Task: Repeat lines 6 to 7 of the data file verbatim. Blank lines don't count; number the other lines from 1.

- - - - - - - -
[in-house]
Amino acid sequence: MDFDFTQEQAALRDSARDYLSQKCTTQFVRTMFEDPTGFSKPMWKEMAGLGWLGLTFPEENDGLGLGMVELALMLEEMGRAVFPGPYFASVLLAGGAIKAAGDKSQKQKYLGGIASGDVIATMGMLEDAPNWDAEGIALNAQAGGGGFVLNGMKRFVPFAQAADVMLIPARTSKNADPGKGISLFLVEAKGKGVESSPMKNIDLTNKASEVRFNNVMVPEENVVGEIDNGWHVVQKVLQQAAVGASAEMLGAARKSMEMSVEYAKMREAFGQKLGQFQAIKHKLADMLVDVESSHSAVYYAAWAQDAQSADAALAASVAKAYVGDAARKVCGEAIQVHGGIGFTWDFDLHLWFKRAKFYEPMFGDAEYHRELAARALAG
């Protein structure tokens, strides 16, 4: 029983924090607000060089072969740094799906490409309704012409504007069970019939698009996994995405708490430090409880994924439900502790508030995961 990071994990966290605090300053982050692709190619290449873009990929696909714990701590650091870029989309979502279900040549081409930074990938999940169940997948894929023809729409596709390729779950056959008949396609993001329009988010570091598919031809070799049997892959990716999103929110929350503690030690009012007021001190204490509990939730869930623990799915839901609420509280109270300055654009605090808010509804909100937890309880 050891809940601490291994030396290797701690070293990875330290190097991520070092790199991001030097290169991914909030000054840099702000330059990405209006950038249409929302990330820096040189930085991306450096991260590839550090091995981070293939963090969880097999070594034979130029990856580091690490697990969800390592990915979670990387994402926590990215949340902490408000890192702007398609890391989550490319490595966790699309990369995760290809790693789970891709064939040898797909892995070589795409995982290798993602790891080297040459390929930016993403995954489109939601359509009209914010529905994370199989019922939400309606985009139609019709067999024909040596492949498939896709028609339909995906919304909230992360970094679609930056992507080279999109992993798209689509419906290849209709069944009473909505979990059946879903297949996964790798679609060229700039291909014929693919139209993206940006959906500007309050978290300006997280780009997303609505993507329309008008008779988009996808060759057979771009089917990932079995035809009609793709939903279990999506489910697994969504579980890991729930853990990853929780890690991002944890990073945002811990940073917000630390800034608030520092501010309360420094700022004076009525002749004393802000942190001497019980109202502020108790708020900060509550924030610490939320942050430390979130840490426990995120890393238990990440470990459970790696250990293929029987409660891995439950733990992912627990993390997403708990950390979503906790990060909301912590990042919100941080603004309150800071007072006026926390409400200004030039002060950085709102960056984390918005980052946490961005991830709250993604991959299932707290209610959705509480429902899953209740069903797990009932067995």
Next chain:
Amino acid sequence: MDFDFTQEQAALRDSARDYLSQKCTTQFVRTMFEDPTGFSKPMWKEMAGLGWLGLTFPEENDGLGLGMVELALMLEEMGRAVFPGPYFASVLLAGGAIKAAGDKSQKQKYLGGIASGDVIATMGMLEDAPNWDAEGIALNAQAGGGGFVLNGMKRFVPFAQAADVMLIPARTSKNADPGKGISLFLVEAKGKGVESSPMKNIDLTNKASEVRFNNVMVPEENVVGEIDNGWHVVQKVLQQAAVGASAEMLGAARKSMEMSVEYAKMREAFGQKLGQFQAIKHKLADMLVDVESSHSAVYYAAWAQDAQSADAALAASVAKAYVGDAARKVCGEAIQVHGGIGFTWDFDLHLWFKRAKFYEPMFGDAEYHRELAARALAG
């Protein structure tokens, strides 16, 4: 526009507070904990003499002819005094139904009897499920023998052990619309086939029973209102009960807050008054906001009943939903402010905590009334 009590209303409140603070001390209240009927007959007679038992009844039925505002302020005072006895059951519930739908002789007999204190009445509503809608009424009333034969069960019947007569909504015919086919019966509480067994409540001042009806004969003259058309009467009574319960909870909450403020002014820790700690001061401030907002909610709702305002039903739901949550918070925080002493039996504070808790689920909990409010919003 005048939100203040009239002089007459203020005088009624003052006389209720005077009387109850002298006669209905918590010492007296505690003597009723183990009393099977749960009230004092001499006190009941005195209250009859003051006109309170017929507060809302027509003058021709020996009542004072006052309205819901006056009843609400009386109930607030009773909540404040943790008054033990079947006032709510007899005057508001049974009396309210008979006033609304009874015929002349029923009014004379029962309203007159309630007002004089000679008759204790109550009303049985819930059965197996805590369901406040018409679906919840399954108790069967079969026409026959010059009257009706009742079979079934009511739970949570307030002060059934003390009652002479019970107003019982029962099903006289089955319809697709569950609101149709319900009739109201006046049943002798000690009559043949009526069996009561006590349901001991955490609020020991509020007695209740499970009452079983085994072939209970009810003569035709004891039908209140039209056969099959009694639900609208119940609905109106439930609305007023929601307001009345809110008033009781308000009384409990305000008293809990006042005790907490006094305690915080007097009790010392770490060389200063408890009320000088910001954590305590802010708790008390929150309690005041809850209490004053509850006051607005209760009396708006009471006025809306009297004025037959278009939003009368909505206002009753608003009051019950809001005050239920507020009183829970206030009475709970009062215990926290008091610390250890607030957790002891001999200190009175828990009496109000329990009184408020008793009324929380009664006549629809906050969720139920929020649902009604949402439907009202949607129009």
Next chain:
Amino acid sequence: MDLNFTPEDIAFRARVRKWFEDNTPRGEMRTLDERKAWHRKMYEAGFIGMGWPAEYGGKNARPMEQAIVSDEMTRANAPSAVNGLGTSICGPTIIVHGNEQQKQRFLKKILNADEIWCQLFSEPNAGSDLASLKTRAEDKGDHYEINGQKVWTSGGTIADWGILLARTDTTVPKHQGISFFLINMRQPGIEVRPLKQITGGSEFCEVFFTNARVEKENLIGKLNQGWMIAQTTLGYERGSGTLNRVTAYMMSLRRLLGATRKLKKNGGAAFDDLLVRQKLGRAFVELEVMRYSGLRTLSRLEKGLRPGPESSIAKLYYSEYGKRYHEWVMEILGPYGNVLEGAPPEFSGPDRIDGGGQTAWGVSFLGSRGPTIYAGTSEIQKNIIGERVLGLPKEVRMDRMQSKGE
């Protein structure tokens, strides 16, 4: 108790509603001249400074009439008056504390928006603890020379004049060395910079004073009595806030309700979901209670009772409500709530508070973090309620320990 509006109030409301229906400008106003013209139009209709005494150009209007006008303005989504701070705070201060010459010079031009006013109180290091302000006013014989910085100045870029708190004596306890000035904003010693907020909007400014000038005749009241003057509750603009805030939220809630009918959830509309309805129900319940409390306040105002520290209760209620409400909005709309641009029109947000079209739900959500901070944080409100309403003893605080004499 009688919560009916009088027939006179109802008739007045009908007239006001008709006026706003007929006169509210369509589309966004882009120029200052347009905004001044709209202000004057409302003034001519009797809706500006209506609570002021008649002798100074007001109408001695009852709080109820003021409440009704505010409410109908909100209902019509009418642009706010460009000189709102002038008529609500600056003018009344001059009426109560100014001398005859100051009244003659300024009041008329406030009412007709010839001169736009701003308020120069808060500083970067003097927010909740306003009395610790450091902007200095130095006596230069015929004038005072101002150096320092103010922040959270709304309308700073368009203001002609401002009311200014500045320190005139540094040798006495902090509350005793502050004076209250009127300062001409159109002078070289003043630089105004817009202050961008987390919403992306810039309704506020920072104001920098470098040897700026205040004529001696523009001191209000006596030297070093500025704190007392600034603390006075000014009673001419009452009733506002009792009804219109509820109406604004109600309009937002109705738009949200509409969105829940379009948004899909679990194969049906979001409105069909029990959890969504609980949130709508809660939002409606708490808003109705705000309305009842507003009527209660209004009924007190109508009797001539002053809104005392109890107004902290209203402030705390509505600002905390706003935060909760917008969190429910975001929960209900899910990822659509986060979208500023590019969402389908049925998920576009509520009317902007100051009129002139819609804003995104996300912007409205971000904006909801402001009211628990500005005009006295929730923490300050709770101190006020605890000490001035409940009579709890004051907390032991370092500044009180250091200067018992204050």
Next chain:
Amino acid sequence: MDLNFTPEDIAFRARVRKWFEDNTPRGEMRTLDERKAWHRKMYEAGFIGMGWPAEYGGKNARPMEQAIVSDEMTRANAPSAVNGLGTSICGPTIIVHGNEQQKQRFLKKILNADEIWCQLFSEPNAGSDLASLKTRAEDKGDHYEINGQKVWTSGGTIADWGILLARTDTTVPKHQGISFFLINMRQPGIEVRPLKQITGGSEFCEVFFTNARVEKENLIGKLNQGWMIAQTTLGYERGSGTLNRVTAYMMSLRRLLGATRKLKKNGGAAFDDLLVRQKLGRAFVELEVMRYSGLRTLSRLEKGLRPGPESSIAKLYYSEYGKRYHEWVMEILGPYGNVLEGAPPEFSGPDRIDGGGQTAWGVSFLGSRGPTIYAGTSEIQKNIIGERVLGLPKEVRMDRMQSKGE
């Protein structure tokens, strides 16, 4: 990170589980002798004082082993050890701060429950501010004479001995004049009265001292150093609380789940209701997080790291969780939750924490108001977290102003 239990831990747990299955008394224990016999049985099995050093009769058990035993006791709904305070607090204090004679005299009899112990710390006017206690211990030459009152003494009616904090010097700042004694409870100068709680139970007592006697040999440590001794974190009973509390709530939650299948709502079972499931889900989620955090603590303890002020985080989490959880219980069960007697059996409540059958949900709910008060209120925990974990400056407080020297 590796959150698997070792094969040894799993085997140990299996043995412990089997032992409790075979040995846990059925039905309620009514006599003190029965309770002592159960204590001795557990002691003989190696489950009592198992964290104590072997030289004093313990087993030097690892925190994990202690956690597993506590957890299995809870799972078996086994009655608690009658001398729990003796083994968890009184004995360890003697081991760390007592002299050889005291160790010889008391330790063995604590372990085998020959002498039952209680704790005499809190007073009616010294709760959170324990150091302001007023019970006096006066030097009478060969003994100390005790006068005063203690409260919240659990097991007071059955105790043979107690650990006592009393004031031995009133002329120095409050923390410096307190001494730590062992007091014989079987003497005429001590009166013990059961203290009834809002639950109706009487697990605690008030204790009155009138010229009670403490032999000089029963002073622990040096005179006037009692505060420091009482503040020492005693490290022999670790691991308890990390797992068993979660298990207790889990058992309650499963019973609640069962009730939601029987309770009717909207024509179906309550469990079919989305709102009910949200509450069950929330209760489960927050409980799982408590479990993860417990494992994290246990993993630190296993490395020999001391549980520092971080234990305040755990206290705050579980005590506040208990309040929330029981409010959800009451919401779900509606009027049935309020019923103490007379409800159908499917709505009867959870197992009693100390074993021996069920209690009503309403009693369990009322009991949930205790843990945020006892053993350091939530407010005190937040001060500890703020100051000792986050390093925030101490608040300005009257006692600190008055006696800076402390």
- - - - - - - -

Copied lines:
């Protein structure tokens, strides 16, 4: 526009507070904990003499002819005094139904009897499920023998052990619309086939029973209102009960807050008054906001009943939903402010905590009334 009590209303409140603070001390209240009927007959007679038992009844039925505002302020005072006895059951519930739908002789007999204190009445509503809608009424009333034969069960019947007569909504015919086919019966509480067994409540001042009806004969003259058309009467009574319960909870909450403020002014820790700690001061401030907002909610709702305002039903739901949550918070925080002493039996504070808790689920909990409010919003 005048939100203040009239002089007459203020005088009624003052006389209720005077009387109850002298006669209905918590010492007296505690003597009723183990009393099977749960009230004092001499006190009941005195209250009859003051006109309170017929507060809302027509003058021709020996009542004072006052309205819901006056009843609400009386109930607030009773909540404040943790008054033990079947006032709510007899005057508001049974009396309210008979006033609304009874015929002349029923009014004379029962309203007159309630007002004089000679008759204790109550009303049985819930059965197996805590369901406040018409679906919840399954108790069967079969026409026959010059009257009706009742079979079934009511739970949570307030002060059934003390009652002479019970107003019982029962099903006289089955319809697709569950609101149709319900009739109201006046049943002798000690009559043949009526069996009561006590349901001991955490609020020991509020007695209740499970009452079983085994072939209970009810003569035709004891039908209140039209056969099959009694639900609208119940609905109106439930609305007023929601307001009345809110008033009781308000009384409990305000008293809990006042005790907490006094305690915080007097009790010392770490060389200063408890009320000088910001954590305590802010708790008390929150309690005041809850209490004053509850006051607005209760009396708006009471006025809306009297004025037959278009939003009368909505206002009753608003009051019950809001005050239920507020009183829970206030009475709970009062215990926290008091610390250890607030957790002891001999200190009175828990009496109000329990009184408020008793009324929380009664006549629809906050969720139920929020649902009604949402439907009202949607129009």
Next chain: